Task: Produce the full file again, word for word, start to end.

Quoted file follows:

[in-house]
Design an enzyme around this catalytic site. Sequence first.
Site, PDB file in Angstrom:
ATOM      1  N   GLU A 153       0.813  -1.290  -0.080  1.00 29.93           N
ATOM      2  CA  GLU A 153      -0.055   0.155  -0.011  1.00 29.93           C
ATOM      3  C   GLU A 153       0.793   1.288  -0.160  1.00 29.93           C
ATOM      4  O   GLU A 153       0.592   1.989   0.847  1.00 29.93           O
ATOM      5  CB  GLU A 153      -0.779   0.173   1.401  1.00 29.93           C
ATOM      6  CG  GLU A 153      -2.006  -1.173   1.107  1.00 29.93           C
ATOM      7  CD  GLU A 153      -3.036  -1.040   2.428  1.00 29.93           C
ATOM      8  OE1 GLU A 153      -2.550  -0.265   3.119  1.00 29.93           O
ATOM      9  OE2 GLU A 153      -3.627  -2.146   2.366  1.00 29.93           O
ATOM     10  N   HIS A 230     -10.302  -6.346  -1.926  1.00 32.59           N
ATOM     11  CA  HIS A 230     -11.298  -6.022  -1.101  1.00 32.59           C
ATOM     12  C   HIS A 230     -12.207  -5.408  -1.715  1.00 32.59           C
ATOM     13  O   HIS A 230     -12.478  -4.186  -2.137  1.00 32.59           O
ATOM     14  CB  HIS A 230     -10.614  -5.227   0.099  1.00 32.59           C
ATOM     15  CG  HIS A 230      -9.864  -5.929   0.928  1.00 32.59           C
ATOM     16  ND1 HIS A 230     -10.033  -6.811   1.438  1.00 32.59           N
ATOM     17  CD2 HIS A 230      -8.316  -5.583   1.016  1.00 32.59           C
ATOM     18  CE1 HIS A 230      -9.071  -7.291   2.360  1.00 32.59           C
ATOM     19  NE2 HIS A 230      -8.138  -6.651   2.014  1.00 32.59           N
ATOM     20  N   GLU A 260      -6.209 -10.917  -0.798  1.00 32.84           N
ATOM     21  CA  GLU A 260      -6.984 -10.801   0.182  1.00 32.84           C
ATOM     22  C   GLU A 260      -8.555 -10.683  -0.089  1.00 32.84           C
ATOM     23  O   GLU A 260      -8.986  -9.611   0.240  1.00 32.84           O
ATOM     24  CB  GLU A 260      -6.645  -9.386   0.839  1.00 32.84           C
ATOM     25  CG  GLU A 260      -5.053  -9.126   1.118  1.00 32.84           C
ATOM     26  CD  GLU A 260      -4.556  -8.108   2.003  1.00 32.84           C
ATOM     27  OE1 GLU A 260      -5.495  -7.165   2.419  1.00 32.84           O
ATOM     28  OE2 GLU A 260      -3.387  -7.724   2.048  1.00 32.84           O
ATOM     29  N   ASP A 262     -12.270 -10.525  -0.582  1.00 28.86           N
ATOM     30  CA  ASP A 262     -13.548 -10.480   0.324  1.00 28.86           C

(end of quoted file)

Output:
[in-house]
Design an enzyme around this catalytic site. Sequence first.
Site, PDB file in Angstrom:
ATOM      1  N   GLU A 153       0.813  -1.290  -0.080  1.00 29.93           N
ATOM      2  CA  GLU A 153      -0.055   0.155  -0.011  1.00 29.93           C
ATOM      3  C   GLU A 153       0.793   1.288  -0.160  1.00 29.93           C
ATOM      4  O   GLU A 153       0.592   1.989   0.847  1.00 29.93           O
ATOM      5  CB  GLU A 153      -0.779   0.173   1.401  1.00 29.93           C
ATOM      6  CG  GLU A 153      -2.006  -1.173   1.107  1.00 29.93           C
ATOM      7  CD  GLU A 153      -3.036  -1.040   2.428  1.00 29.93           C
ATOM      8  OE1 GLU A 153      -2.550  -0.265   3.119  1.00 29.93           O
ATOM      9  OE2 GLU A 153      -3.627  -2.146   2.366  1.00 29.93           O
ATOM     10  N   HIS A 230     -10.302  -6.346  -1.926  1.00 32.59           N
ATOM     11  CA  HIS A 230     -11.298  -6.022  -1.101  1.00 32.59           C
ATOM     12  C   HIS A 230     -12.207  -5.408  -1.715  1.00 32.59           C
ATOM     13  O   HIS A 230     -12.478  -4.186  -2.137  1.00 32.59           O
ATOM     14  CB  HIS A 230     -10.614  -5.227   0.099  1.00 32.59           C
ATOM     15  CG  HIS A 230      -9.864  -5.929   0.928  1.00 32.59           C
ATOM     16  ND1 HIS A 230     -10.033  -6.811   1.438  1.00 32.59           N
ATOM     17  CD2 HIS A 230      -8.316  -5.583   1.016  1.00 32.59           C
ATOM     18  CE1 HIS A 230      -9.071  -7.291   2.360  1.00 32.59           C
ATOM     19  NE2 HIS A 230      -8.138  -6.651   2.014  1.00 32.59           N
ATOM     20  N   GLU A 260      -6.209 -10.917  -0.798  1.00 32.84           N
ATOM     21  CA  GLU A 260      -6.984 -10.801   0.182  1.00 32.84           C
ATOM     22  C   GLU A 260      -8.555 -10.683  -0.089  1.00 32.84           C
ATOM     23  O   GLU A 260      -8.986  -9.611   0.240  1.00 32.84           O
ATOM     24  CB  GLU A 260      -6.645  -9.386   0.839  1.00 32.84           C
ATOM     25  CG  GLU A 260      -5.053  -9.126   1.118  1.00 32.84           C
ATOM     26  CD  GLU A 260      -4.556  -8.108   2.003  1.00 32.84           C
ATOM     27  OE1 GLU A 260      -5.495  -7.165   2.419  1.00 32.84           O
ATOM     28  OE2 GLU A 260      -3.387  -7.724   2.048  1.00 32.84           O
ATOM     29  N   ASP A 262     -12.270 -10.525  -0.582  1.00 28.86           N
ATOM     30  CA  ASP A 262     -13.548 -10.480   0.324  1.00 28.86           C